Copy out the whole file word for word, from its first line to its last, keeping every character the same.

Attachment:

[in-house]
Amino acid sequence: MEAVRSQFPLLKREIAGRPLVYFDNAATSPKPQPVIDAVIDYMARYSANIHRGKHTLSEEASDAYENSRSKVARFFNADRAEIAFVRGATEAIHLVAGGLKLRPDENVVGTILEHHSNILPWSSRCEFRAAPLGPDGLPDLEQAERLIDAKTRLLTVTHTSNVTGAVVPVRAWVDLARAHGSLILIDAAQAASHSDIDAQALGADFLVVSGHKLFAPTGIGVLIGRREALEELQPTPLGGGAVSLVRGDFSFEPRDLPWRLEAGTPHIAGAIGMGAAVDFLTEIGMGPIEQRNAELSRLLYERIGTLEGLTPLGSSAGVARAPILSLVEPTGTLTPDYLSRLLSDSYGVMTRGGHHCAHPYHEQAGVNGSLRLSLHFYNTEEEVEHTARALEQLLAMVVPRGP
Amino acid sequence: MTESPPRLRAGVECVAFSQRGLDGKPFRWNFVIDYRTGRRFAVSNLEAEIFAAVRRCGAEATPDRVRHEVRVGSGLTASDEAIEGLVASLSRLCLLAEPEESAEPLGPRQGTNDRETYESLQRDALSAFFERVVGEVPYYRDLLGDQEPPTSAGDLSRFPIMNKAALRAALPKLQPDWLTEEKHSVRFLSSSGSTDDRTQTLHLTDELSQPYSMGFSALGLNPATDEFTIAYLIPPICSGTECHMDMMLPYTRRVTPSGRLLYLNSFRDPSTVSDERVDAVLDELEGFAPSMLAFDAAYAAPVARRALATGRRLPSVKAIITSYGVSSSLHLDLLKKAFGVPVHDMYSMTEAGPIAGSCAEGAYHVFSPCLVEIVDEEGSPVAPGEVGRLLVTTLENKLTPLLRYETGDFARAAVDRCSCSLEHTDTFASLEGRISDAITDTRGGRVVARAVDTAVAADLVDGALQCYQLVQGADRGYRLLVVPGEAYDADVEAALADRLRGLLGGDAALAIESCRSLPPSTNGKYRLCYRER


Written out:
[in-house]
Amino acid sequence: MEAVRSQFPLLKREIAGRPLVYFDNAATSPKPQPVIDAVIDYMARYSANIHRGKHTLSEEASDAYENSRSKVARFFNADRAEIAFVRGATEAIHLVAGGLKLRPDENVVGTILEHHSNILPWSSRCEFRAAPLGPDGLPDLEQAERLIDAKTRLLTVTHTSNVTGAVVPVRAWVDLARAHGSLILIDAAQAASHSDIDAQALGADFLVVSGHKLFAPTGIGVLIGRREALEELQPTPLGGGAVSLVRGDFSFEPRDLPWRLEAGTPHIAGAIGMGAAVDFLTEIGMGPIEQRNAELSRLLYERIGTLEGLTPLGSSAGVARAPILSLVEPTGTLTPDYLSRLLSDSYGVMTRGGHHCAHPYHEQAGVNGSLRLSLHFYNTEEEVEHTARALEQLLAMVVPRGP
Amino acid sequence: MTESPPRLRAGVECVAFSQRGLDGKPFRWNFVIDYRTGRRFAVSNLEAEIFAAVRRCGAEATPDRVRHEVRVGSGLTASDEAIEGLVASLSRLCLLAEPEESAEPLGPRQGTNDRETYESLQRDALSAFFERVVGEVPYYRDLLGDQEPPTSAGDLSRFPIMNKAALRAALPKLQPDWLTEEKHSVRFLSSSGSTDDRTQTLHLTDELSQPYSMGFSALGLNPATDEFTIAYLIPPICSGTECHMDMMLPYTRRVTPSGRLLYLNSFRDPSTVSDERVDAVLDELEGFAPSMLAFDAAYAAPVARRALATGRRLPSVKAIITSYGVSSSLHLDLLKKAFGVPVHDMYSMTEAGPIAGSCAEGAYHVFSPCLVEIVDEEGSPVAPGEVGRLLVTTLENKLTPLLRYETGDFARAAVDRCSCSLEHTDTFASLEGRISDAITDTRGGRVVARAVDTAVAADLVDGALQCYQLVQGADRGYRLLVVPGEAYDADVEAALADRLRGLLGGDAALAIESCRSLPPSTNGKYRLCYRER